US researchers have claimed a breakthrough that promises nuclear battery technology with a lifespan measured in decades.
The project, which is in development at the US University of Rochester, has demonstrated an enhanced fabrication method that "in its roughest form" is already 10 times more efficient than current nuclear batteries.
The academics claim that once refined the technology has the potential to be nearly 200 times more efficient.
"Our society is placing ever-higher demands for power from all kinds of devices," said Philippe Fauchet, professor of electrical and computer engineering at the University of Rochester, and co-author of the research.
"For 50 years people have been investigating converting simple nuclear decay into usable energy, but the yields were always too low.
"We have found a way to make the interaction much more efficient, and we hope these findings will lead to a new kind of battery that can pump out energy for years."
The technology is geared toward applications where power is needed in inaccessible places or under extreme conditions.
Since the battery should be able to run reliably for more than 10 years without recharge or replacement, the scientists point out that it would be perfect for medical devices like pacemakers, implanted defibrillators, or other subcutaneous devices that would otherwise require surgery to replace or repair.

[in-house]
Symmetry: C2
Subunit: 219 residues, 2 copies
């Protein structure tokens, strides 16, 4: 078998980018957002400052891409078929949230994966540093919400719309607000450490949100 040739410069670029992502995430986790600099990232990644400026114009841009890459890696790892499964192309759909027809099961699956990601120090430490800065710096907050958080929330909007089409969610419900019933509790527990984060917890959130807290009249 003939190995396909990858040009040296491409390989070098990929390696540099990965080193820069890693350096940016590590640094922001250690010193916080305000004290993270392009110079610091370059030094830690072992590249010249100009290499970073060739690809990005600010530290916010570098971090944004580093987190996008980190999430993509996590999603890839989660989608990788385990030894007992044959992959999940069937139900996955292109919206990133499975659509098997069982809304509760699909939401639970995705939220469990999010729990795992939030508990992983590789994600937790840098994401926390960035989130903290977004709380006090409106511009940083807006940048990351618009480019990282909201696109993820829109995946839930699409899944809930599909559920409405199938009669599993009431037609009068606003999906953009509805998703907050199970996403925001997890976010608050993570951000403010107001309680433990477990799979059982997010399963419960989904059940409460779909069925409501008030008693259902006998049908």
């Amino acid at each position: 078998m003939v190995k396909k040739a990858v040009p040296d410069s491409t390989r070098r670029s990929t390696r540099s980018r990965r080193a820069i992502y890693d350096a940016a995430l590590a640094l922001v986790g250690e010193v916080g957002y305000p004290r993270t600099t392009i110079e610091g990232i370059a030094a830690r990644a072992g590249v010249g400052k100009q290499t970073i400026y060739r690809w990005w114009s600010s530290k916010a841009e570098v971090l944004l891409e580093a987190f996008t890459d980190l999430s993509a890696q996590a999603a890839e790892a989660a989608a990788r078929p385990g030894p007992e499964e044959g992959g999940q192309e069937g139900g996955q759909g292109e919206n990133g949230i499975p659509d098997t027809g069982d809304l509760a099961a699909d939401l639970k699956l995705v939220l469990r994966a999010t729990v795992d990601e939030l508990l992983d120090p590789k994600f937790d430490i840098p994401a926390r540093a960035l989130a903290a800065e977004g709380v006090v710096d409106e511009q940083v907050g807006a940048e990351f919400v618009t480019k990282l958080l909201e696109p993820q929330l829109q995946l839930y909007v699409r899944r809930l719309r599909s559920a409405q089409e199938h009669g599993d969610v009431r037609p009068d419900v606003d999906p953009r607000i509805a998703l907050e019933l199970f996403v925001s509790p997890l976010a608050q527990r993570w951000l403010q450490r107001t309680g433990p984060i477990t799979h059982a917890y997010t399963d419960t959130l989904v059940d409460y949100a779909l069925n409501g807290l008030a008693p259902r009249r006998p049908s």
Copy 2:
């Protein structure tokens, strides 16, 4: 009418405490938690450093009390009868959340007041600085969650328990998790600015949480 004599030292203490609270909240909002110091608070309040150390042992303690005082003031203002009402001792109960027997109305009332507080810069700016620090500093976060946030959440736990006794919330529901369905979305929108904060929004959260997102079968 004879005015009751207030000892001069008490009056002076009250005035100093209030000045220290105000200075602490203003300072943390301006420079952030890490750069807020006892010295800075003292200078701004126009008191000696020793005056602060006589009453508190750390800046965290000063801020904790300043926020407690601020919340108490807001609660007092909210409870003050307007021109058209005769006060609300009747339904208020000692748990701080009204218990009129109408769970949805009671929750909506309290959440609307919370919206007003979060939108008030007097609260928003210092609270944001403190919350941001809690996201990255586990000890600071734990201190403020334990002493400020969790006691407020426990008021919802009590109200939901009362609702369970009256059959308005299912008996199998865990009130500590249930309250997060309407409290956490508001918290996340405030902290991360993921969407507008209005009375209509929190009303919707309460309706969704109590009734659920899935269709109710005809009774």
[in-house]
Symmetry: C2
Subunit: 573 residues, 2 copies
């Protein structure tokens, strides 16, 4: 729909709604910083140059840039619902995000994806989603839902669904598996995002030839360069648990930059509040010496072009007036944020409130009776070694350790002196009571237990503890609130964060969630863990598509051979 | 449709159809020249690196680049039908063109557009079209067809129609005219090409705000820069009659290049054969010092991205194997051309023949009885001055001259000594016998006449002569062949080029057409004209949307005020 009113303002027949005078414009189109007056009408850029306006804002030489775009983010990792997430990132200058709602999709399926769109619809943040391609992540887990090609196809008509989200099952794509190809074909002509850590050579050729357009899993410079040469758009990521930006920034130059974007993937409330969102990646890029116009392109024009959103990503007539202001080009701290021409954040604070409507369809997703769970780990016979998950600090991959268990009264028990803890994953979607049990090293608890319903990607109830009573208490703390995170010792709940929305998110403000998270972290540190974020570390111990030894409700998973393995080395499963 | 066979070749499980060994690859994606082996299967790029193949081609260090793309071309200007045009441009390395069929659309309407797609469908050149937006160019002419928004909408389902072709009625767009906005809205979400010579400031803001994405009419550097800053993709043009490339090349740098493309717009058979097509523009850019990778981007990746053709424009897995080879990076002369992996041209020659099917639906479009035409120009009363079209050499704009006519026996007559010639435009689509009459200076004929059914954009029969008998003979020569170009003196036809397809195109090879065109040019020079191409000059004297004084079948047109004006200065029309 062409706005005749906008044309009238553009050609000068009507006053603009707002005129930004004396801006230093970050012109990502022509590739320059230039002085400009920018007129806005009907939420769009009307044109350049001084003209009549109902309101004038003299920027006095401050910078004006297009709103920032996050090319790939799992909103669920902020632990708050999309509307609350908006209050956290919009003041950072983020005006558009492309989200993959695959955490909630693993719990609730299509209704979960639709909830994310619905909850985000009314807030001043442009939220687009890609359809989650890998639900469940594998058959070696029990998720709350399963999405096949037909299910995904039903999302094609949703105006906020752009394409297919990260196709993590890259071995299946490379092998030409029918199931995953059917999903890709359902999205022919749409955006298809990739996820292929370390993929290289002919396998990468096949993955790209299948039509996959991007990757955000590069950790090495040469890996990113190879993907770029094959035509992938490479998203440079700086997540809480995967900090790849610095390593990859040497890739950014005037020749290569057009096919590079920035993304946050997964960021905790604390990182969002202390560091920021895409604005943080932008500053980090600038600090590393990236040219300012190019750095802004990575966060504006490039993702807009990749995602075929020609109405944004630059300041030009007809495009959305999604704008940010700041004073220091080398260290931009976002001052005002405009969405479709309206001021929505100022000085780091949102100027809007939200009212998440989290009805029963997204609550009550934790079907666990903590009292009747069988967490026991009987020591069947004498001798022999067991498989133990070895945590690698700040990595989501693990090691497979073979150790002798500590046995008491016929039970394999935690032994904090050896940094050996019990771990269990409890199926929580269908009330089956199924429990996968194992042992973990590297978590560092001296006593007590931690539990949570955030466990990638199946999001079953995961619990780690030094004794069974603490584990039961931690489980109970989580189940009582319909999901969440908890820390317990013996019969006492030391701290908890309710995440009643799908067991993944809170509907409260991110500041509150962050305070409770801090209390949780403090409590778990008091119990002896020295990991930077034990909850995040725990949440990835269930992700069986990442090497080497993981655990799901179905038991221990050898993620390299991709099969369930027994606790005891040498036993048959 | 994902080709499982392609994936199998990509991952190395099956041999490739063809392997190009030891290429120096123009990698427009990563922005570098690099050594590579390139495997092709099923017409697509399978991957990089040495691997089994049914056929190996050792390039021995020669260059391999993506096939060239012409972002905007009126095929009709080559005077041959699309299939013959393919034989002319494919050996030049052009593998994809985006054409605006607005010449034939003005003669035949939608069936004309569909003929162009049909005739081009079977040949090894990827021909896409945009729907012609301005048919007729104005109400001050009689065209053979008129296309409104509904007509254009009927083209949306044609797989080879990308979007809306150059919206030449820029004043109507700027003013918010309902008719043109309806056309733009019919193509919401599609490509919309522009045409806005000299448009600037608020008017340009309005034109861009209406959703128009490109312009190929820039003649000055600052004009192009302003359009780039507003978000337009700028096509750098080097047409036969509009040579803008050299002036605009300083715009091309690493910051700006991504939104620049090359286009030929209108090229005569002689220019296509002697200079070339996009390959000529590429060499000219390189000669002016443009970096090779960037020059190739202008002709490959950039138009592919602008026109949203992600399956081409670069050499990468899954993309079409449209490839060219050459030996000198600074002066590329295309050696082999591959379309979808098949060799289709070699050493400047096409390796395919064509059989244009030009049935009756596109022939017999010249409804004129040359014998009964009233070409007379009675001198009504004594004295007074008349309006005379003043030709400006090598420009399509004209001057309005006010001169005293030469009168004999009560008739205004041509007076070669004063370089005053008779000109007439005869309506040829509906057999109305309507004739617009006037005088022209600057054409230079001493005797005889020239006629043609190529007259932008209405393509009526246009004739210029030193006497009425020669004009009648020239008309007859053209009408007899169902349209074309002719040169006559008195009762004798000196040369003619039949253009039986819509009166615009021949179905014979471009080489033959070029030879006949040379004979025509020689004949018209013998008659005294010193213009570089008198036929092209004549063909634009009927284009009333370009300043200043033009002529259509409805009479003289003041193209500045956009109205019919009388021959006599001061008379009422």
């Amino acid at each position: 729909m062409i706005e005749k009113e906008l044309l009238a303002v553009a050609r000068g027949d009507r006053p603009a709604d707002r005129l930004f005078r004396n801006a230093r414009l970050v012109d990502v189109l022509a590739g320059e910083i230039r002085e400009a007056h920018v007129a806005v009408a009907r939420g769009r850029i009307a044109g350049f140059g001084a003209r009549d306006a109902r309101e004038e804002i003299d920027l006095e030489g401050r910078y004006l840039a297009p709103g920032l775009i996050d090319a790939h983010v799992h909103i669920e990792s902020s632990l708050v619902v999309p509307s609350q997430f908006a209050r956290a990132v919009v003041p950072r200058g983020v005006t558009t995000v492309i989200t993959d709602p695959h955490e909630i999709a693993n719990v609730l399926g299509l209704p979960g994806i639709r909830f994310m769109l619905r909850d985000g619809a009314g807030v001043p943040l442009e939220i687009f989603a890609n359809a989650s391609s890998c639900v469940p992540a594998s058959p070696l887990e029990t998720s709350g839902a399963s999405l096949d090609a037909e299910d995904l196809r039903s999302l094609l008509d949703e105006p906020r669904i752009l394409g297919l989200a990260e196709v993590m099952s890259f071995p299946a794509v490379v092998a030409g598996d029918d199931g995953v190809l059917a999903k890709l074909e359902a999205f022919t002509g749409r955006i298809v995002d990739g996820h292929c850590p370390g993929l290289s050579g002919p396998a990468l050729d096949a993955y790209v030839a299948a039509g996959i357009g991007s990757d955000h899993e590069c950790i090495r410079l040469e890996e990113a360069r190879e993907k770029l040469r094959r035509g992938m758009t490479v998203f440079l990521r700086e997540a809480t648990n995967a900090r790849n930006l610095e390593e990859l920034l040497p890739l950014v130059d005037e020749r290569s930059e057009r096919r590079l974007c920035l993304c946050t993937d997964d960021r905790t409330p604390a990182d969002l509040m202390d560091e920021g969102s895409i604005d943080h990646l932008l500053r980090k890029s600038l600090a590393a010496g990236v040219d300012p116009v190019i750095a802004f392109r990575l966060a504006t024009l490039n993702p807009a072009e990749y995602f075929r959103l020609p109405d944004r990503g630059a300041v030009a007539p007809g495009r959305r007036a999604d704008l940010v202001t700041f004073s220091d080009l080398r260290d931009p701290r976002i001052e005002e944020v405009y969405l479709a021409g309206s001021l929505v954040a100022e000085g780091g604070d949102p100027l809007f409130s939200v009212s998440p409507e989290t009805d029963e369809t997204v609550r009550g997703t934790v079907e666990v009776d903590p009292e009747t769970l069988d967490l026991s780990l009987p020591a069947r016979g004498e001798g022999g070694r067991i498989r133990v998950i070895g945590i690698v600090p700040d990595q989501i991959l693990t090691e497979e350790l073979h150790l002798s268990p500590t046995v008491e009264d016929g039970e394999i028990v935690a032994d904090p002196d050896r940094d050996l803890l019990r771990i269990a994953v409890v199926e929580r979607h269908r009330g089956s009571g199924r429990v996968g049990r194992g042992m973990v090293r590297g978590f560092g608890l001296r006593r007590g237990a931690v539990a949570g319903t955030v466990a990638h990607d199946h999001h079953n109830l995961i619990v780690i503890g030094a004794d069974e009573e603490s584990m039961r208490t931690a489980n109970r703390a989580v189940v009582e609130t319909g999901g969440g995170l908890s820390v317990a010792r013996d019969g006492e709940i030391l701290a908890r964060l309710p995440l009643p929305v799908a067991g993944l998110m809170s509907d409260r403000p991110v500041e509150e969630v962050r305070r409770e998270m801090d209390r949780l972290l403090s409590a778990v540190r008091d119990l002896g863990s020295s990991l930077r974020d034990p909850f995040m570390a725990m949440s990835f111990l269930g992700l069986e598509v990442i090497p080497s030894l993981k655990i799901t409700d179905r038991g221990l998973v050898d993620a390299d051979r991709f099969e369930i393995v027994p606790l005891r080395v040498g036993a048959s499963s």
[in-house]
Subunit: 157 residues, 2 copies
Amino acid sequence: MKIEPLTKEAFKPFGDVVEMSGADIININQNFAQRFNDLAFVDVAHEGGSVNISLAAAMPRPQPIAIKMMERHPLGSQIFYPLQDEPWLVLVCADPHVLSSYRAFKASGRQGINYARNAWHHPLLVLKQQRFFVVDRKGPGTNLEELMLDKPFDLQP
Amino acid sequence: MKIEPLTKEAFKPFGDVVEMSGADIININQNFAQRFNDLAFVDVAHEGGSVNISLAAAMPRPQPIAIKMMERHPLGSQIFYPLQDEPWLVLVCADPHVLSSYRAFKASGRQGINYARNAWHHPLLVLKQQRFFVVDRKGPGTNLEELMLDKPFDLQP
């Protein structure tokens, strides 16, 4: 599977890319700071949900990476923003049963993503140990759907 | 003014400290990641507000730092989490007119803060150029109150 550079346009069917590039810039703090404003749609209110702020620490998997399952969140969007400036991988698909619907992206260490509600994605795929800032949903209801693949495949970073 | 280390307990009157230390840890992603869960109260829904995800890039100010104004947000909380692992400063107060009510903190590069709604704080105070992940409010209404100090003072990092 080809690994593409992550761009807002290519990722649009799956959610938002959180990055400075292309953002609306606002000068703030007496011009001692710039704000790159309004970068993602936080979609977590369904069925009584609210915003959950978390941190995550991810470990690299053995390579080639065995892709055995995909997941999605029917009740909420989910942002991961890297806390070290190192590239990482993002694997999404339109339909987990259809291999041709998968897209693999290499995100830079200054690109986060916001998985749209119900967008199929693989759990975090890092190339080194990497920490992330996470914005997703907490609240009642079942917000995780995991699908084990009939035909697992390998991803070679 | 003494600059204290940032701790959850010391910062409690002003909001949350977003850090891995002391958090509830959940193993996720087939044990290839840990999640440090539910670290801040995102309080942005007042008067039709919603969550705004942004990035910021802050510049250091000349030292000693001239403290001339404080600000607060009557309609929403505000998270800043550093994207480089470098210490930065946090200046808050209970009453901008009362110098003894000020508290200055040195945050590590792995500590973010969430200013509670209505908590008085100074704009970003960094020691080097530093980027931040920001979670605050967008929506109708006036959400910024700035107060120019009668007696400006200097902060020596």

Likewise, deep-space probes or deep-sea sensors, which are beyond the reach of repair, also would benefit from the technology.
Betavoltaics, the method that the new battery uses, has been around for half a century, but its usefulness was limited due to its low energy yields.
The latest battery technology makes its successful gains by dramatically increasing the surface area where the current is produced.
Instead of attempting to invent new, more reactive materials, Fauchet's team focused on turning the regular material's flat surface into a three-dimensional one.
The scientists explained that, similar to the way solar panels work by catching photons from the sun and turning them into current, the science of betavoltaics uses silicon to capture electrons emitted from a radioactive gas, such as tritium, to form a current. As the electrons strike a special pair of layers a current results.
What has traditionally held these batteries back is that so little current is generated, but Fauchet decided that to catch more of the radioactive decay, it would be best not to use a flat collecting surface of silicon, but one with deep pits.
The pits, or wells, are only about a micron wide (about four ten-thousandths of an inch), but are more than 40 microns deep.
After the wells are "dug" with an etching technique, their insides are coated with a material just a tenth of a micron thick, which is the best thickness to induce a current.
Digging these wells in a random fashion yields a 10-fold increase in current over the conventional design.
The team is already working on a technique to create and line the wells in a much more uniform, lattice formation that should increase the energy produced by as much as 160-fold over current technology.
"Our ultimate design has roughly 160 times the surface area of the conventional, flat design," said Fauchet.
"We expect to be able to get an efficiency that very nearly matches, and we're doing this using standard semiconductor industry fabrication techniques."
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